Young parents at risk of living on the streets have found a safe place at the new Transformation Center in Chicago.
The $12.5 million development tackles the unique needs of parents 18 to 24 years old by providing them and their children with stable, affordable housing and key services.
The 40-unit project was developed by New Moms, Inc., a nonprofit that is the largest housing provider for young homeless and at-risk parents in Chicago. The organization’s Transformation Center replaces the group’s 23-unit facility.
“We saw a growing need,” says Audalee McLoughlin, president and CEO of New Moms. “We tracked turn-away rates for years, and in 2006 we turned away 900 who called us for housing. That was the highest year we ever saw, but we had been watching the number grow and grow. That was the launch point for building a new development.”
Although the new building nearly doubles the number of New Moms’ housing units, it is still far below the staggering demand. About 2,500 applications were submitted for the 17 available units.
One of the lucky ones is 24-year-old Jaquetta, who recently moved into one of the apartment with her infant son. Jaquetta, who works in a drug store, says she “has learned to become a better person and a better mother through New Moms. The staff helps you, but each participant has to be involved in their own life” to make change happen.
Twenty-year-old Nicole also landed a spot in the new building. She calls the staff “her family.” Working and raising a young daughter, she is aiming to get her GED, with plans to pursue a career in nursing.
The high number of applicants is stunning yet all too familiar to McLoughlin. She cites a 2005 study that estimated that there were approximately 2,000 homeless or at-risk adolescent parents in the Chicago area on any given night.
“To be honest with you, I think it could be much higher than that,” she says. “The reason I say that is because homeless youth do not want to be identified as homeless, especially if they are parenting. They have this misconception that if they accept help from the system, their children will be taken away from them. They don’t want to lose their children.”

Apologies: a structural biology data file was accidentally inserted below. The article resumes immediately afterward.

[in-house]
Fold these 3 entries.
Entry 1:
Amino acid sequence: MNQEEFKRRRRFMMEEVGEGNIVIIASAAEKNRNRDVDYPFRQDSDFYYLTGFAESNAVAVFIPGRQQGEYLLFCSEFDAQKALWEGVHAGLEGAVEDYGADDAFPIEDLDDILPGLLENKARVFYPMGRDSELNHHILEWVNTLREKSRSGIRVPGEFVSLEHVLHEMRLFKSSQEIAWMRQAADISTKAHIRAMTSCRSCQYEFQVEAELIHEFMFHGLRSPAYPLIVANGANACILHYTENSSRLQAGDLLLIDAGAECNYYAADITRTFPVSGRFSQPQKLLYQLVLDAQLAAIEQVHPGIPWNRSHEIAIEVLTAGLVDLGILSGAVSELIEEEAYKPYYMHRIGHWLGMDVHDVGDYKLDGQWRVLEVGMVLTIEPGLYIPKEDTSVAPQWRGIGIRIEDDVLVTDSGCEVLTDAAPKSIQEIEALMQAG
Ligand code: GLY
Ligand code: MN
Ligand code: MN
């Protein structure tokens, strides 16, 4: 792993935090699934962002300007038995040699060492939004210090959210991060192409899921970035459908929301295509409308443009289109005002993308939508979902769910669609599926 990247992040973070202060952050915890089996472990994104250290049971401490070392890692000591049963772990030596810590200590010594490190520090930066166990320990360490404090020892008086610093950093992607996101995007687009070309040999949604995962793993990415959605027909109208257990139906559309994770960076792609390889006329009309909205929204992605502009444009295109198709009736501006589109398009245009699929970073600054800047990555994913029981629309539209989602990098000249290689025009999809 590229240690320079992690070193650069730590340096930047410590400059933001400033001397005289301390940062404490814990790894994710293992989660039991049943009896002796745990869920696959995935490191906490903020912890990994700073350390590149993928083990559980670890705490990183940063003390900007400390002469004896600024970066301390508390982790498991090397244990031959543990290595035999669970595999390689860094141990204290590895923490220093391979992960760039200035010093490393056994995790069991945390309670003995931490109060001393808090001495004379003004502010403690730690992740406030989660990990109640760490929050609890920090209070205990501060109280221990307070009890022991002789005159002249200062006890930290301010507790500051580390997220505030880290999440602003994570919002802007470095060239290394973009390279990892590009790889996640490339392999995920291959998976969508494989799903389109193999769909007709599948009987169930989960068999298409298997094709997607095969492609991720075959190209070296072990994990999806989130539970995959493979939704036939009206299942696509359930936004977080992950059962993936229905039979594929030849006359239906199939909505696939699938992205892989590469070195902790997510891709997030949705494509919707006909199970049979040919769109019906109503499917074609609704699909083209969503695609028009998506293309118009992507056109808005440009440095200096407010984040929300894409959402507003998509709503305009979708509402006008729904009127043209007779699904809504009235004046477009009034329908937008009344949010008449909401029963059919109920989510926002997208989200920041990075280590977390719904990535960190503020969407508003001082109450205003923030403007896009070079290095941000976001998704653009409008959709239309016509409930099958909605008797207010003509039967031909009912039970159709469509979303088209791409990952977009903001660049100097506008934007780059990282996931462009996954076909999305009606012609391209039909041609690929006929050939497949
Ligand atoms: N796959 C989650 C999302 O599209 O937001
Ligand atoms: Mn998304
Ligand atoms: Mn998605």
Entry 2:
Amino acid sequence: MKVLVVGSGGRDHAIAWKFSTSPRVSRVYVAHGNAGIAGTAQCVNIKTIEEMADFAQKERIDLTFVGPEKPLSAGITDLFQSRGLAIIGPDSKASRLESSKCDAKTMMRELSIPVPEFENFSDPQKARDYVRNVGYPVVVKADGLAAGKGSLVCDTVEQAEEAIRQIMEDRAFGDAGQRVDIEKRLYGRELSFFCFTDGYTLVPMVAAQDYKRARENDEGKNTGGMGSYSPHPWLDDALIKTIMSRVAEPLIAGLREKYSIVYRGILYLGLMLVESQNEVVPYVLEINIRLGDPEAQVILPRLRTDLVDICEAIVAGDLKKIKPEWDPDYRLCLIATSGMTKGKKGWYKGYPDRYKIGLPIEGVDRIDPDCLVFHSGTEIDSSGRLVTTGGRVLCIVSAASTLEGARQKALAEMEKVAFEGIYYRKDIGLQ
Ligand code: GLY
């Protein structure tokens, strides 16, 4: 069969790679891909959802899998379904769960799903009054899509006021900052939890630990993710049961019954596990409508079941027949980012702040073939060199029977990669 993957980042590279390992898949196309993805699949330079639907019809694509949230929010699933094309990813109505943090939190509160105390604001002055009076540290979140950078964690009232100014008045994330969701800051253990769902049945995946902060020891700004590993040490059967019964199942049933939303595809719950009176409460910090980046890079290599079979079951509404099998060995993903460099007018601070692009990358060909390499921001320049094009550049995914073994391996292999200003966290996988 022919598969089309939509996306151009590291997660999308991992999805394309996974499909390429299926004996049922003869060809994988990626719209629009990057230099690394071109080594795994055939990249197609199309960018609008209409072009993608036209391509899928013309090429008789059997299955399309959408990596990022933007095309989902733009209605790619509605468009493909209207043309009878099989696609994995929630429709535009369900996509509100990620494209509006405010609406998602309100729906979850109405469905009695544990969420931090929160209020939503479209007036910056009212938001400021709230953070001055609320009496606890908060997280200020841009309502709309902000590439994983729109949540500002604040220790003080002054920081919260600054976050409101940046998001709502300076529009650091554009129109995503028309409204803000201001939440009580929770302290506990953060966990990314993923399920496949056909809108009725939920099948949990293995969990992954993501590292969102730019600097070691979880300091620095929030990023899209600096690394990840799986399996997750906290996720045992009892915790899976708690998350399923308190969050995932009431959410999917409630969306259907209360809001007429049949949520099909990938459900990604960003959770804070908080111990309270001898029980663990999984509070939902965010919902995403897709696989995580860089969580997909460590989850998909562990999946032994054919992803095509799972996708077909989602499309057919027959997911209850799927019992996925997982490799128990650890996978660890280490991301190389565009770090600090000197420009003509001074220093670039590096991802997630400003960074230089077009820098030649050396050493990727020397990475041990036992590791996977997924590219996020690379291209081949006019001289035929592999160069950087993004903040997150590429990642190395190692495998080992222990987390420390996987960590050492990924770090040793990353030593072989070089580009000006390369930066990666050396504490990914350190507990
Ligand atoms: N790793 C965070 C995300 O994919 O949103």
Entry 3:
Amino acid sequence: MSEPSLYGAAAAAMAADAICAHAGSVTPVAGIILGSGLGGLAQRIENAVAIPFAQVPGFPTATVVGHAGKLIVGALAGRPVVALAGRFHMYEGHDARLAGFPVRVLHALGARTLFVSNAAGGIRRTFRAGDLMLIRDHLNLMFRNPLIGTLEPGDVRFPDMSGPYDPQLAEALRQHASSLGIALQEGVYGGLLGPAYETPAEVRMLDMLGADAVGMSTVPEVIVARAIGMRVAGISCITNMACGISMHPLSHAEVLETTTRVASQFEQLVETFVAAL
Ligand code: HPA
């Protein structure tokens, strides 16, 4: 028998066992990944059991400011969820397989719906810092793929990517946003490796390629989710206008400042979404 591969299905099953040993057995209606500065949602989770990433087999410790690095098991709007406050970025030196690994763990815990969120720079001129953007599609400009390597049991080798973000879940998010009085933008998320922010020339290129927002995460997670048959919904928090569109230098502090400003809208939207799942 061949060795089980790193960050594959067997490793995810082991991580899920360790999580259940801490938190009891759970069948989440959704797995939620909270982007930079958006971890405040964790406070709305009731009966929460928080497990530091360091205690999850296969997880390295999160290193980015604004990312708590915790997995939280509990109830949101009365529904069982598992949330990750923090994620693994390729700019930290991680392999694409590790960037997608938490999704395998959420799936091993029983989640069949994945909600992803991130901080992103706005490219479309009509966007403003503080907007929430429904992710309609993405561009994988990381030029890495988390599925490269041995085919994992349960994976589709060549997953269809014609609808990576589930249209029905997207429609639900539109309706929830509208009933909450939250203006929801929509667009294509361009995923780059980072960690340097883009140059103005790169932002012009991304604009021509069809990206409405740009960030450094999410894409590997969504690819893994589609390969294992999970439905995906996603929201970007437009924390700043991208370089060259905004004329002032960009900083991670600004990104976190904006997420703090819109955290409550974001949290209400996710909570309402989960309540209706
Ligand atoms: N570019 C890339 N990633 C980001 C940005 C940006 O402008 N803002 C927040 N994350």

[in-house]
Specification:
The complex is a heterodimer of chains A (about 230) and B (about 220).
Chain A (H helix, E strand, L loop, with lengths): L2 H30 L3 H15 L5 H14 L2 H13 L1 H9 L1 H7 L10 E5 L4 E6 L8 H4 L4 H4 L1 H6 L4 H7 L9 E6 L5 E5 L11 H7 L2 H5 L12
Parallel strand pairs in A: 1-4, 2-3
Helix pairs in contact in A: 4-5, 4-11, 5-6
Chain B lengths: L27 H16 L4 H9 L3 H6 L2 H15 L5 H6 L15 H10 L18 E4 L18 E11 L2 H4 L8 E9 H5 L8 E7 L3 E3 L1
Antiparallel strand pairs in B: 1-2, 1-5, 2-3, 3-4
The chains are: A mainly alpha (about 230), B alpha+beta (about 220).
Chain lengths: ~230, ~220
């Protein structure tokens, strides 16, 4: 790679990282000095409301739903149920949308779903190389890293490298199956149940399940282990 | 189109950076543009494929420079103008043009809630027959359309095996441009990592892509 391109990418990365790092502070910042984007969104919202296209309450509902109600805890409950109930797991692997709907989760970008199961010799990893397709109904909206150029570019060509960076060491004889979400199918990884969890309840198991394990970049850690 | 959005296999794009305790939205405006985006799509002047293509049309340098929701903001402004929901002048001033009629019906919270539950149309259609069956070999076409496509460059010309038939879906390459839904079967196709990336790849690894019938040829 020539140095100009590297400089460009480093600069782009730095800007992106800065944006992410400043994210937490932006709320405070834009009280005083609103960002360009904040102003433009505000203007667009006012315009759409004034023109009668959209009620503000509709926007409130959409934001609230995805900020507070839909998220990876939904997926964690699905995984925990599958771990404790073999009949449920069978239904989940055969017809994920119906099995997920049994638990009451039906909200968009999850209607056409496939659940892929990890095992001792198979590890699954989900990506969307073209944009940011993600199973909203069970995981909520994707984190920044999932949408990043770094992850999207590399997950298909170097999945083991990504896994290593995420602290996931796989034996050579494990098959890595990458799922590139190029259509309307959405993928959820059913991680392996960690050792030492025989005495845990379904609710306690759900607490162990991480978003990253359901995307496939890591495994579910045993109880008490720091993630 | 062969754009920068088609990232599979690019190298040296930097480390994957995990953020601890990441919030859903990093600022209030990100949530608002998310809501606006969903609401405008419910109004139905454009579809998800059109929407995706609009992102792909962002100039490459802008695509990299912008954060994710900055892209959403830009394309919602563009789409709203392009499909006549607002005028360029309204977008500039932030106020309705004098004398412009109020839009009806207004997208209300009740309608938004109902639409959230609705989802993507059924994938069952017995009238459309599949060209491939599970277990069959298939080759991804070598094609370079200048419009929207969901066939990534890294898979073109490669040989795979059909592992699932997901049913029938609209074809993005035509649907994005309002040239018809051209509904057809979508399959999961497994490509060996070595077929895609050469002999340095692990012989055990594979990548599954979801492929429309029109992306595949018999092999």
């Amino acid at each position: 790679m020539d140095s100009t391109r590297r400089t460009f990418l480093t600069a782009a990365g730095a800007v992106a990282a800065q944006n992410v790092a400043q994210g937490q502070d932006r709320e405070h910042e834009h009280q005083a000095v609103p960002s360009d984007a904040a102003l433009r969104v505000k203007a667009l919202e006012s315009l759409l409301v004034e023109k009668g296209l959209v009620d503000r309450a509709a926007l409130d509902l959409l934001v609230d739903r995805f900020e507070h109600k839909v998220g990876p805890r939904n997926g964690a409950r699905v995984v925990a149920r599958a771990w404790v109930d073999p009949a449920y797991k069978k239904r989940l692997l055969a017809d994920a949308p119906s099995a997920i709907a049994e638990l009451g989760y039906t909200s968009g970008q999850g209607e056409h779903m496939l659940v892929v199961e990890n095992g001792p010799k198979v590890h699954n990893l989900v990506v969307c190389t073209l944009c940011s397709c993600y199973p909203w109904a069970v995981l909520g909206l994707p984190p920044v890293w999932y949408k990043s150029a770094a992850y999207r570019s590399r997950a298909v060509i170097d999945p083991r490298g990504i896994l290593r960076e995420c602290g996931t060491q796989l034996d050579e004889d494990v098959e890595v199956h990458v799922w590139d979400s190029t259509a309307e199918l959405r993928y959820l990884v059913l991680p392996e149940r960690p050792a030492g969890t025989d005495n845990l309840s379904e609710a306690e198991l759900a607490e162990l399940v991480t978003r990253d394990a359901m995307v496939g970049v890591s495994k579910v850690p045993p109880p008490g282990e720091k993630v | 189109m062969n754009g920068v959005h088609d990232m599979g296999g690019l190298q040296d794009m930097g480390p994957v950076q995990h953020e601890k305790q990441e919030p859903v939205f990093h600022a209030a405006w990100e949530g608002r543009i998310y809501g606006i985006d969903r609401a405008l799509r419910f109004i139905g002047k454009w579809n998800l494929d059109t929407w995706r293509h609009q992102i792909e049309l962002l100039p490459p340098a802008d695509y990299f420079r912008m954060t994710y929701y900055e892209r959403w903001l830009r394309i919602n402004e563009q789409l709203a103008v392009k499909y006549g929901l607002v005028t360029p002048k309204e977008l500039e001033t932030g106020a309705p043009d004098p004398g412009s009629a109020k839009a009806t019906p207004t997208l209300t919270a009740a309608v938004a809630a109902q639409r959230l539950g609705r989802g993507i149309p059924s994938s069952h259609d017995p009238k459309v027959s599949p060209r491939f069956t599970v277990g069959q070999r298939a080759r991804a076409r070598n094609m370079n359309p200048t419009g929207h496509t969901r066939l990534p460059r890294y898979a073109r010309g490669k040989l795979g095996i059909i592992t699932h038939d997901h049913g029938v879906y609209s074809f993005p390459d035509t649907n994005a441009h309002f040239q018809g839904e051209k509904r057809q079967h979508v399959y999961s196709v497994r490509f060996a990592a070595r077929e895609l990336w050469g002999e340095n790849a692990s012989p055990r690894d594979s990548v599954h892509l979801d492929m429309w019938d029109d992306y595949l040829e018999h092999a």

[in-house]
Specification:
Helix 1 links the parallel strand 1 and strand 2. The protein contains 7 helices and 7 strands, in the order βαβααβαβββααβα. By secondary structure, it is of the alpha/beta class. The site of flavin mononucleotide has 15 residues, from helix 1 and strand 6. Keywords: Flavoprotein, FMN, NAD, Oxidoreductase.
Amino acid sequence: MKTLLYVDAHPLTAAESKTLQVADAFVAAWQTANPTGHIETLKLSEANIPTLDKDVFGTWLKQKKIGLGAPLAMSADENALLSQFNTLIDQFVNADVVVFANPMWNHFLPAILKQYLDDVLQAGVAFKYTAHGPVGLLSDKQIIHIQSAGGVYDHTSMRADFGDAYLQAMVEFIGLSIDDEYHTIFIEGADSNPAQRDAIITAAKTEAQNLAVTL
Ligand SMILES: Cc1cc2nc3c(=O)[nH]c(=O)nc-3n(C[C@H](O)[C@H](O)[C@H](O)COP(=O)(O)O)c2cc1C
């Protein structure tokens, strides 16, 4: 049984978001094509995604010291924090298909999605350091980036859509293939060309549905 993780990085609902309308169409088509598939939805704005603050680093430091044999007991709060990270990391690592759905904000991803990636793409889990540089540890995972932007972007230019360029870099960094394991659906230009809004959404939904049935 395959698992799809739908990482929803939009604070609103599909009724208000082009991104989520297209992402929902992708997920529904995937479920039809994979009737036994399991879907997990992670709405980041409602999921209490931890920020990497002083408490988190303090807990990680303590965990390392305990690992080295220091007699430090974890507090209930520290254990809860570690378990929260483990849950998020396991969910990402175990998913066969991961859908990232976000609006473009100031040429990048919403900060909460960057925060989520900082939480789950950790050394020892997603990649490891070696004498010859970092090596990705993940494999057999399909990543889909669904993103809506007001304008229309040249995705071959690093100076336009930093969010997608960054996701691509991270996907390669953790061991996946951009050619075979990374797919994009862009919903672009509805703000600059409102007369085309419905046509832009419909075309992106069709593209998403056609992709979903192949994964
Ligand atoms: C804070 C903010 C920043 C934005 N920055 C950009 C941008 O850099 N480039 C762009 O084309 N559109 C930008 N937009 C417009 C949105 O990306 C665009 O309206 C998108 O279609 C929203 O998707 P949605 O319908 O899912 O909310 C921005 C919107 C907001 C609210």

Improving a neighborhood, changing lives
The Transformation Center is built on a site that used to house a Chicago police station. The building was abandoned, leaving the gritty West Side property available for redevelopment for several years. The city eventually donated the site to New Moms for a dollar.
The organization demolished the original building and cleaned up the land to make way for the new center. The development features 30 studios and 10 one-bedroom apartments. All come furnished.
“Every time there is a lease signing, there are tears,” says McLoughlin, who joined New Moms in 1997 and has led the organization since 2005. She comes from a career in banking and human resources. More than an administrator, she can relate to the residents having been a teen mom herself. She knows what it’s like to have to grow up fast.
Because her residents have had such unstable housing during their lives, they are used to describing a place as “where I stay” instead of “where I live.” That’s changing. For many, the Transformation Center is the first place they can call home.
The apartments operate with the help of the project-based Sec. 8 program, so resident pay just 30 percent of their income toward rent.
McLoughlin says the ideal length of stay will be about two years, but that’s not a set deadline. Some families will require less time, others more. “There comes a point where you want a little more independence,” she says.
The center maintains strict rules, including a no-visitors policy.
Teen parents are a challenging population to house for a host of reasons. About half of New Moms’ residents have grown up in the homeless system. Many have experienced abuse. Many have squatted in abandoned buildings. That means the youths often lack skills that most take for granted such as how to operate household appliances.
To help, a variety of programs are available at the Transformation Center. Services include case management, support groups, and programs that encourage healthy parent-child relationships. Participants are urged to attend GED programs or participate in professional development to work toward economic independence.
The building also has space that will be leased to a licensed day-care provider, which will generate income for the facility and provide day-care opportunities for families.
While many would consider the Transformation Center to be permanent supportive housing, McLoughlin sees it more as a hybrid. It captures the key elements of permanent supportive housing with its affordable apartments and extensive services. At the same time, officials at New Moms encourage residents to gain skills, become independent, and then make way for the young families that will come after them. “They are very empowered by that,” McLoughlin says.
To finance the development, the Illinois Housing Development Authority provided $6.2 million through the federal Neighborhood Stabilization Program, which aims to revitalize neighborhoods struggling with foreclosure and abandonment. The development of the Transformation Center returns a vacant property to good use.
The city of Chicago also provided $3.7 million in HOME funds. The Federal Home Loan Bank of San Francisco provided another $750,000 through its Affordable Housing Program. The Illinois Department of Commerce and Economic Opportunity contributed a $112,395 grant to include energy efficient features.
McLoughlin is hard pressed to pick out the most important service offered to residents. “Our philosophy is they need them all equally,” she says.
But, it all begins with housing. “These are young homeless families that need a safe place before they can start on anything,” McLoughlin says.